For some college students, course selection and registration is a positive experience. After having limited choices in high school, they may feel excited by the opportunity to take a class in a subject they’ve never been exposed to and grateful they can develop a schedule that is consistent with their preferred sleep habits. Other students feel overwhelmed by the wide range of classes available, disappointed that they have to take more general education classes, or anxious about securing a seat in a popular course that filled before they could add it to their schedules. Although there are limits on how much choice you have in course selection, students do have the option of making changes to their Fall 2017 schedules beginning
Tuesday, August 1 using the WebReg system.
Your academic advisor can not enroll you in a full course or a course that a department has reserved for specific populations. If you receive an error message when you try to register for a class, read the corresponding note and follow the instructions provided.
Summer is a good time for incoming freshmen and rising sophomores to take steps toward identifying a major in which they will be academically successful and personally satisfied.
⇒ Complete the online workshop, Choosing and Declaring a Major, at http://www.udel.edu/AEC-workshop/major/index.html.
⇒ Go to the UD catalog at http://academiccatalog.udel.edu and review the requirements for at least three majors that interest you. Consider whether the majority of the coursework is more likely to interest or bore you. Are the types of classes required mostly consistent with your strongest skill set?
Join the Office for International Students & Scholars for their signature Summer event!
Enjoy UDairy ice cream as you meet and mingle with old and new friends. All are welcome to attend and no registration is necessary. The Ice Cream Social will be held just outside of Elliott Hall at 26 E. Main Street.
I thought I had to decide what I wanted to do right away or I’d never graduate on time. But meeting with my advisor helped me understand how I could be undeclared and take classes in a lot of different subjects until I figured out what I want to do, and I can still finish my degree when I’m supposed to if I plan it right. – UST Sophomore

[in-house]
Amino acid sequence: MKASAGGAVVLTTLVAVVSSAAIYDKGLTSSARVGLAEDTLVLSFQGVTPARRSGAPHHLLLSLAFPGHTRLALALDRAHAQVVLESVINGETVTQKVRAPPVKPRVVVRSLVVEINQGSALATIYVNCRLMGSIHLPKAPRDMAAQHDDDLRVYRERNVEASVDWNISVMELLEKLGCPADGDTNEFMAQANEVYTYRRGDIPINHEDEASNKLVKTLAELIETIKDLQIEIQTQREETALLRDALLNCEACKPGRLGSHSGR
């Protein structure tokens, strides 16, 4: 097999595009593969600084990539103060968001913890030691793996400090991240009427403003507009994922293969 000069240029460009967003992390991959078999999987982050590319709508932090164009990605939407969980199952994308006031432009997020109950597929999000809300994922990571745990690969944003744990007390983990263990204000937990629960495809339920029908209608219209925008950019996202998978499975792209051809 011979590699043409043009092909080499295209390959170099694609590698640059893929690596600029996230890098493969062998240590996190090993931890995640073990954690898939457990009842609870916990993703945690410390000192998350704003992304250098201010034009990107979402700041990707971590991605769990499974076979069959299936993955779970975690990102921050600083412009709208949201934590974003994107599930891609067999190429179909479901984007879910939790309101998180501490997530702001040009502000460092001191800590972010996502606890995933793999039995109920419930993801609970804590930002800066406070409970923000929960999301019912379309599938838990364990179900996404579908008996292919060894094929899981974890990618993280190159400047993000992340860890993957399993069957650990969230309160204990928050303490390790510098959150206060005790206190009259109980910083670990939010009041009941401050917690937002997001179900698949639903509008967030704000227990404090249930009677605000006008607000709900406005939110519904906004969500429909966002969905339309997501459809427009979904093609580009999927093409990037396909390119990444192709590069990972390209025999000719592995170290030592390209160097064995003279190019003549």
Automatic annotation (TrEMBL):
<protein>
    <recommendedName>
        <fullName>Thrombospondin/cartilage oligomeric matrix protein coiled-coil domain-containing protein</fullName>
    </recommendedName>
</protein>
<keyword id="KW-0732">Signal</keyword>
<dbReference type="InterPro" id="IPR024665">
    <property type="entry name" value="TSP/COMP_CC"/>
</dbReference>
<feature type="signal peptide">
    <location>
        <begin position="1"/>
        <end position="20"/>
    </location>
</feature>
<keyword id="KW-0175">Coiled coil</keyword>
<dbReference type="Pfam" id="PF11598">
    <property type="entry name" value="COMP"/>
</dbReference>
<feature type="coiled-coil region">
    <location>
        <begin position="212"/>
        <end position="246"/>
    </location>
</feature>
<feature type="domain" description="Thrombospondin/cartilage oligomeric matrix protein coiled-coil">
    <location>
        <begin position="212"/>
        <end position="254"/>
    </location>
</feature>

I started out at UD as a biology major and really thought I wanted to be a doctor. But after the first semester, I realized it just wasn’t my passion and I’m too young to make that kind of commitment. I went to see an undeclared advisor and asked her what other options I have. She was very helpful and now I feel a lot less stressed. – Sophomore Health Behavior Science major with Disability Studies concentration
I don’t think most people know what they want to do. Even people I know who came here with a major are always saying,, “Oh, should I study this? Am I going to get a job if I major in this?” I’ll never be 20 years old and in college again. I want to learn about everything while I can. I can dedicate myself to a career later. – Junior History/Philosophy double major with Sociology and Theater minors
Margie Kiter Edwards is a first-generation college student who completed her B.A. in Sociology and Anthropology at Rutger’s University. She held a variety of jobs during college, including working as a substitute elementary school teacher and a community education coordinator for the American Cancer Society. She completed the M.A. in Sociology at UD and was awarded a research assistantship at the Disaster Research Center, where she had the opportunity to travel throughout the United States studying how communities prepare for, and respond to, natural disasters.
Margie worked for in the non-profit and state government sectors as a program evaluator and social services administrator before returning to UD to complete a Ph.D. in Family Studies. She has been a member of the faculty at Shepherd University and Temple University, and now serves UD as an academic advisor and instructor. A lifelong learner, Margie has continued to take graduate classes that enhance her knowledge of human development and family systems, and she will complete the requirements for the graduate certificate in Health Coaching over the next year. The core theme running throughout her career has been a commitment to serving vulnerable populations by sharing information and other resources that may enhance people’s lives.